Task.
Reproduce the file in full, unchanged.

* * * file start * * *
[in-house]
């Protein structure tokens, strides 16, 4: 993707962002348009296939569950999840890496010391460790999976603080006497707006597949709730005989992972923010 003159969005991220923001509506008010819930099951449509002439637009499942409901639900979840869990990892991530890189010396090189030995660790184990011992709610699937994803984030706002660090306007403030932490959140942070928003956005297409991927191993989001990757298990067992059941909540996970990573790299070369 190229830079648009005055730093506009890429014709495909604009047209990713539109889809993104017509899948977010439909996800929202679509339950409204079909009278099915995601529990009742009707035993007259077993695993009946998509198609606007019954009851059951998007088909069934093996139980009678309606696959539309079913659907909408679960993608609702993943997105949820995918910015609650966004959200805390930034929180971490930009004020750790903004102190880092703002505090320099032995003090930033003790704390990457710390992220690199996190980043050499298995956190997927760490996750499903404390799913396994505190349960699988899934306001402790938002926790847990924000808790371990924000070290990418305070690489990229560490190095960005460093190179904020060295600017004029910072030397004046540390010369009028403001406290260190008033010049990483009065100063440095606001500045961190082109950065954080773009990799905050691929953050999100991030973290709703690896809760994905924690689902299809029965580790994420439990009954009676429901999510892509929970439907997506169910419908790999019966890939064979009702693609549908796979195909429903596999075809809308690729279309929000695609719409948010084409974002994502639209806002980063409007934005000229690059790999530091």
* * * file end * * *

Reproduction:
[in-house]
């Protein structure tokens, strides 16, 4: 993707962002348009296939569950999840890496010391460790999976603080006497707006597949709730005989992972923010 003159969005991220923001509506008010819930099951449509002439637009499942409901639900979840869990990892991530890189010396090189030995660790184990011992709610699937994803984030706002660090306007403030932490959140942070928003956005297409991927191993989001990757298990067992059941909540996970990573790299070369 190229830079648009005055730093506009890429014709495909604009047209990713539109889809993104017509899948977010439909996800929202679509339950409204079909009278099915995601529990009742009707035993007259077993695993009946998509198609606007019954009851059951998007088909069934093996139980009678309606696959539309079913659907909408679960993608609702993943997105949820995918910015609650966004959200805390930034929180971490930009004020750790903004102190880092703002505090320099032995003090930033003790704390990457710390992220690199996190980043050499298995956190997927760490996750499903404390799913396994505190349960699988899934306001402790938002926790847990924000808790371990924000070290990418305070690489990229560490190095960005460093190179904020060295600017004029910072030397004046540390010369009028403001406290260190008033010049990483009065100063440095606001500045961190082109950065954080773009990799905050691929953050999100991030973290709703690896809760994905924690689902299809029965580790994420439990009954009676429901999510892509929970439907997506169910419908790999019966890939064979009702693609549908796979195909429903596999075809809308690729279309929000695609719409948010084409974002994502639209806002980063409007934005000229690059790999530091």